Ten years ago this month, I woke up and realized that the world had just a little more color in it. I had been clinically depressed for a few years after my divorce. And while it took many more months for me to feel like I had actually come out the other side, I actually remember the moment I realized that I was going to get better. I remember the hotel, and even the room I was in.
Depression takes many forms, and can vary from mild to deep.
I still worry that this dark monster will return, and I try to be aware of it. I’m grateful that I came out of it in reasonable condition. In the ten years since that day, I have lost a handful of friends and acquaintances to suicide, including my brother Arlan.
At the same time, I’ve talked to many people over the years who faced their depression and kept it at bay. When people are willing to talk about their experience, I always ask what they think worked for them. Guess what? There aren’t a lot of surprises.
Sometimes, medicine is necessary. I had to try a few until I found one that worked. But there are also non-medical behaviors that go a long way.
For me, and several people I’ve talked to, the behaviors that help the most are exercise (even five mintues a day), a healthy diet, meditation, and a good night’s sleep. But the most important fact is the one you most DON’T want to do: Get out of the house and be with friends.
The reason depression is a monster is that it makes you feel like you have no energy for the things that will help you the most. It makes you not want to talk about it. It works to prevent you from getting better. Ultimately, that’s why it can be so hard to fight. The biggest overall symptom is keeping you from doing all the little things that will make you feel better.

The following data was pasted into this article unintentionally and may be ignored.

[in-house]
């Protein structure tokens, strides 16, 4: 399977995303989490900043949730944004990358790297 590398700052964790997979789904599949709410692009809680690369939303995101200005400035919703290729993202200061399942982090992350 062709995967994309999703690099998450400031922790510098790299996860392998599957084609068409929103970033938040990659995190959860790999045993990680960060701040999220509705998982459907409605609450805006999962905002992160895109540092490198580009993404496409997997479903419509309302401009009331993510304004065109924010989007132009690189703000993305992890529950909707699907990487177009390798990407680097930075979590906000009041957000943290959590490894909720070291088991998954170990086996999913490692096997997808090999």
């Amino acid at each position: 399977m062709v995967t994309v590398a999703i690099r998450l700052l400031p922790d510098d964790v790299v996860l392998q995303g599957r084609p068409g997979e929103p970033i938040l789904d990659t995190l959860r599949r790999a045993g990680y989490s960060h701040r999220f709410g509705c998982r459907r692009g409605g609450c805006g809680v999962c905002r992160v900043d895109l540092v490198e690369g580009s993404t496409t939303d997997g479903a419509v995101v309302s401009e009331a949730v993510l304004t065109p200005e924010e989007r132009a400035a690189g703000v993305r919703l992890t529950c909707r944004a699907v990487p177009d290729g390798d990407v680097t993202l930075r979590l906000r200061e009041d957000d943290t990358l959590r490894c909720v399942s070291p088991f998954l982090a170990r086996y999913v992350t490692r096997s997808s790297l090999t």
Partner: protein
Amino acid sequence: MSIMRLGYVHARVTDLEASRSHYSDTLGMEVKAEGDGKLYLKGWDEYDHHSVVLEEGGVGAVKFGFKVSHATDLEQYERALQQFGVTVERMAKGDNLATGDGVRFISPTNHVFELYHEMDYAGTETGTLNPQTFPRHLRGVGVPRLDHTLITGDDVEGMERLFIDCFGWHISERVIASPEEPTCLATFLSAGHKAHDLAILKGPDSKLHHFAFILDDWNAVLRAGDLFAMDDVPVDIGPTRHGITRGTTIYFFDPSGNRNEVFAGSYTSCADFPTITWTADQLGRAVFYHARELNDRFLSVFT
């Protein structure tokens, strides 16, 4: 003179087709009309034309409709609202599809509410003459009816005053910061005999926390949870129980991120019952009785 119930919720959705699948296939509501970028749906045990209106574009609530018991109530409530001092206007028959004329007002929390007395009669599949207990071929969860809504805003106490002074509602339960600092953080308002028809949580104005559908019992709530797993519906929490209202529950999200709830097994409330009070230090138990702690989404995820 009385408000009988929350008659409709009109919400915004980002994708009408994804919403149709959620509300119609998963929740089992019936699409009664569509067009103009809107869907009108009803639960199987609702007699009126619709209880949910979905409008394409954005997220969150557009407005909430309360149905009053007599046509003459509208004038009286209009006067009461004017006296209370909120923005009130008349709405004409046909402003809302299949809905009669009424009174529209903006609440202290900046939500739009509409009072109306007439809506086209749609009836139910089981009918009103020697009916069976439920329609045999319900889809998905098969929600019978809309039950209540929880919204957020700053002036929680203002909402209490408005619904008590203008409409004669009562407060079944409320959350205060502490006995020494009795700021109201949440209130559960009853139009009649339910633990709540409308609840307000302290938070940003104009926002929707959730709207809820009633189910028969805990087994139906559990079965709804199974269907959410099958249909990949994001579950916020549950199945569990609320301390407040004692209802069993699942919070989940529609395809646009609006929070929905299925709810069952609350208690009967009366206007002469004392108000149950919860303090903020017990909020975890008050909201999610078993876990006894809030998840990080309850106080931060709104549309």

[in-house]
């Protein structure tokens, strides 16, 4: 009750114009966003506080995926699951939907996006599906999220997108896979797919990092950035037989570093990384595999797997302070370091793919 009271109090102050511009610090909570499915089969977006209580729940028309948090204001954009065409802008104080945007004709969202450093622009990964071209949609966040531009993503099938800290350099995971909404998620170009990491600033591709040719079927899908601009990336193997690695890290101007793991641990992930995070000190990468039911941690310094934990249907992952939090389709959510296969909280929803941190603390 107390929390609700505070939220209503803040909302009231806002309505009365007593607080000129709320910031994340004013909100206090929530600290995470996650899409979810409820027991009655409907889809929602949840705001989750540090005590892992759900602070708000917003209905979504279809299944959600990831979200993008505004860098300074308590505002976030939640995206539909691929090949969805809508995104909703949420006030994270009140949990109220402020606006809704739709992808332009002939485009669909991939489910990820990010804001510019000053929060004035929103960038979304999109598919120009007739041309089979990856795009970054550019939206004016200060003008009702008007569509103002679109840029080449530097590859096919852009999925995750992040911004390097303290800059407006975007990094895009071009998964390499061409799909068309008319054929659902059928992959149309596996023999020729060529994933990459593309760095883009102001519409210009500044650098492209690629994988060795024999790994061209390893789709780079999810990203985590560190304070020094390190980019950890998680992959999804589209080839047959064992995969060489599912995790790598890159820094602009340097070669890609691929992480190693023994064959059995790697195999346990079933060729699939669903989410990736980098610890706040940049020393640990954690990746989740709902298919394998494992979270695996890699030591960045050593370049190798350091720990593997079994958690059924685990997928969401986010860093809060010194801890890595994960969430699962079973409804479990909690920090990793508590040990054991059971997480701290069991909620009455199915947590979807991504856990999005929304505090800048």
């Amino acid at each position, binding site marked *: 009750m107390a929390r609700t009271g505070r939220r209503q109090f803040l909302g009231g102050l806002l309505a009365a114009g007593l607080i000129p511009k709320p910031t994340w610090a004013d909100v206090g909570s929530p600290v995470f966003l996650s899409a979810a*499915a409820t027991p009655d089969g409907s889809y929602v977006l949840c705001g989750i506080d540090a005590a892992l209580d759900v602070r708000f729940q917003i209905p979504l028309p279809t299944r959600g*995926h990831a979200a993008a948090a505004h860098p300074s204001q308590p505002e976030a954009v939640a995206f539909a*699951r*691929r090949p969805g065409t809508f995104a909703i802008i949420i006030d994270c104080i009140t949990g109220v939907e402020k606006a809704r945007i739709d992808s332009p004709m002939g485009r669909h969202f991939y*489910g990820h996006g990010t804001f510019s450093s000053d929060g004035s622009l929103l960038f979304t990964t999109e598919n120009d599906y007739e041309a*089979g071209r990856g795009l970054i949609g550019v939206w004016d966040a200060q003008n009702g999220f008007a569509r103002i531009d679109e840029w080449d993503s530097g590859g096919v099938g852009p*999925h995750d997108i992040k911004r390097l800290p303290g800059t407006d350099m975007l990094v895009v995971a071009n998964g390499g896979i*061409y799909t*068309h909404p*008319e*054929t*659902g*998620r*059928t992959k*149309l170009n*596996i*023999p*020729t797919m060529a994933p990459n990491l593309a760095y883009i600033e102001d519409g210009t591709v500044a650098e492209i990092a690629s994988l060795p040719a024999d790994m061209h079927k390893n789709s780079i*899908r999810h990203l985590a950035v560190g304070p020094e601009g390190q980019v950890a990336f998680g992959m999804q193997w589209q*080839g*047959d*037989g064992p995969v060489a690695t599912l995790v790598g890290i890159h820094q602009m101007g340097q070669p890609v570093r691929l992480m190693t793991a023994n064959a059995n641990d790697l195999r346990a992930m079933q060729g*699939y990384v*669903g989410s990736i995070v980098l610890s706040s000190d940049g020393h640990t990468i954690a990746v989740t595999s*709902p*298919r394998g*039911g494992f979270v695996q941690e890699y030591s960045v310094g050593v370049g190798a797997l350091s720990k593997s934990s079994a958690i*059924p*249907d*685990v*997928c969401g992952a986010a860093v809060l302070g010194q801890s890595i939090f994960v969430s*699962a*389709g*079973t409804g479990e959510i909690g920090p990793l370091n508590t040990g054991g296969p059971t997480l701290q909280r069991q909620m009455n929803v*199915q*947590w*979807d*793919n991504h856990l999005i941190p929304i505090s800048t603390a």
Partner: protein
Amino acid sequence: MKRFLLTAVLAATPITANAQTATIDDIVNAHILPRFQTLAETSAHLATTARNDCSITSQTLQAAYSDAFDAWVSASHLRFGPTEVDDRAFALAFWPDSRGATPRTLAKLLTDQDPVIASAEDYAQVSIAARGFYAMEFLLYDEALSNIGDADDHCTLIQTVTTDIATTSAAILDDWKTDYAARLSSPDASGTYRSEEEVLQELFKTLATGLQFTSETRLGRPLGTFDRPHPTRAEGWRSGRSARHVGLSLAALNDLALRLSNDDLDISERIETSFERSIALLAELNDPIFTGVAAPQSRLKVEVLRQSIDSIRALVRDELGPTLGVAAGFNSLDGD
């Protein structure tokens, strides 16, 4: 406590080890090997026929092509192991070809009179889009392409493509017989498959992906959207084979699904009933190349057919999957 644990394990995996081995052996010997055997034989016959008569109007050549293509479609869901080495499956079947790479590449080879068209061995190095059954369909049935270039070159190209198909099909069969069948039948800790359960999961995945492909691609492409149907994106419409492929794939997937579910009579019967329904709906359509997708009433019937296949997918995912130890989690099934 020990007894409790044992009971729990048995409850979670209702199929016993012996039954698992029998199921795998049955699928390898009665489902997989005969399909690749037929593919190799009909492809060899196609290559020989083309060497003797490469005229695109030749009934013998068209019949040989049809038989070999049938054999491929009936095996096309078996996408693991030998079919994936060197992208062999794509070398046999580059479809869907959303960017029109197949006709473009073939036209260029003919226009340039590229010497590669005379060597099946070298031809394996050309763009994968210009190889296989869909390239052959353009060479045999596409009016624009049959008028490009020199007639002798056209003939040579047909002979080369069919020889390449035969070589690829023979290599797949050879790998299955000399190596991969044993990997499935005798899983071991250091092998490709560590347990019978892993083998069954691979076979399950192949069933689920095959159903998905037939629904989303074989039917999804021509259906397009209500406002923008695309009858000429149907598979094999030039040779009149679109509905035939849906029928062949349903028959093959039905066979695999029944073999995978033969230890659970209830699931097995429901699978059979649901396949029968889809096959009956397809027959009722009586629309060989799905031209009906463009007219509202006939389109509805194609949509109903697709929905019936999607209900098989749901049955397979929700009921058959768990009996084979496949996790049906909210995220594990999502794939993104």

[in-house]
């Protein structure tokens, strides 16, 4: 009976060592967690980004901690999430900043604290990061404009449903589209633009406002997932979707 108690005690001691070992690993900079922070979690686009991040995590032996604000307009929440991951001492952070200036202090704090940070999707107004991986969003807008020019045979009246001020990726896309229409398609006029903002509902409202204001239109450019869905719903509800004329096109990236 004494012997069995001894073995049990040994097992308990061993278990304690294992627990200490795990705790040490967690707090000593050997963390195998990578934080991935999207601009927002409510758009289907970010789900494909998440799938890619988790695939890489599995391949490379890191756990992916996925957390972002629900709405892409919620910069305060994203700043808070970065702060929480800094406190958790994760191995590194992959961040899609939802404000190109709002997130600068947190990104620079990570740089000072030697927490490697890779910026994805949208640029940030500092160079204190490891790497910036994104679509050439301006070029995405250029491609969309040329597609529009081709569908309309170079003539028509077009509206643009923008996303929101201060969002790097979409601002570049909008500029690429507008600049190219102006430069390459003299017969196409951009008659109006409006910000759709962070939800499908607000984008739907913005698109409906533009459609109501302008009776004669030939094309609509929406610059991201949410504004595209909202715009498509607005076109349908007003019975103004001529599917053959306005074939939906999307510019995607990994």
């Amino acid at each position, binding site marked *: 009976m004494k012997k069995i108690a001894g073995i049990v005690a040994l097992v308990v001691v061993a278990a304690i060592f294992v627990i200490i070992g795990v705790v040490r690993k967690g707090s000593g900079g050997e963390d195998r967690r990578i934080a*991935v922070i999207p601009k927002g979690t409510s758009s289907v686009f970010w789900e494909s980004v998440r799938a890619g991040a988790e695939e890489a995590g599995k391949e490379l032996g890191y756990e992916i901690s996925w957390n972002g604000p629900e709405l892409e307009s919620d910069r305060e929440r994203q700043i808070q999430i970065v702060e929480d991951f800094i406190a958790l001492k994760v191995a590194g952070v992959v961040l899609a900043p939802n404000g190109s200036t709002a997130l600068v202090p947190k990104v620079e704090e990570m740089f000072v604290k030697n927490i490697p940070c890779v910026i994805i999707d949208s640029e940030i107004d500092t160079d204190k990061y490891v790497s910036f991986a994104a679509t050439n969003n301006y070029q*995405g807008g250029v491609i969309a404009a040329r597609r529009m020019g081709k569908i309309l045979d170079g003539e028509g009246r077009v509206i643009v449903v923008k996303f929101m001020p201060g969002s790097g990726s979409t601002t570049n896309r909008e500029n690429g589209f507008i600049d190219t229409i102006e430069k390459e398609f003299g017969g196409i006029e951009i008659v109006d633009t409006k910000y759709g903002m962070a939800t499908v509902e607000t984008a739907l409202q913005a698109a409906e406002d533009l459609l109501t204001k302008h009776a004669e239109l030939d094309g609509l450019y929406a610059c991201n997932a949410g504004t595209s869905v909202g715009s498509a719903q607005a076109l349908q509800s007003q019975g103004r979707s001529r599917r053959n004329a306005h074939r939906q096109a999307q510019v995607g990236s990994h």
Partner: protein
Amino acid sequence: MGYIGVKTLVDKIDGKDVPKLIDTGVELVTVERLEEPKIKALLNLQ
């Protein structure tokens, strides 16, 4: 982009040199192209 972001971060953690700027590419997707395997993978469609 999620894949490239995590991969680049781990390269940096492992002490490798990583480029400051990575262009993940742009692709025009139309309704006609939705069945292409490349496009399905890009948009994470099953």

I certainly don’t celebrate the anniversary of my revelation, but I do honor the moment that I realized it could end.
If you feel depressed, please do yourself a favor and talk to someone. We all love to give advice and we all love to resist the advice we receive. But the process of simply talking to someone about your depression can be helpful.
Thankfully, there’s more good information avail on the Internet about depression than ever. And there are more hotlines and free help services. There are many apps you can get for your phone. But most of all, there’s a lot less stigma around mental health than ever.
If you found this post because you think you might be depressed (or your know you’re depressed), please believe that you are worth the struggle. Talk to someone. Put depression in its place. You may never escape it completely, but many people do. And all the little things you do to push it away help a little bit each day.
Finally, I want to give a huge thanks to all the people in my life who forced me to talk about it, forced me to leave the house, and supported me by simply not judging. Even if I didn’t realize what it meant to me then, I realize it now.
Hang in there, my friends. Take care of yourself and the people in your life.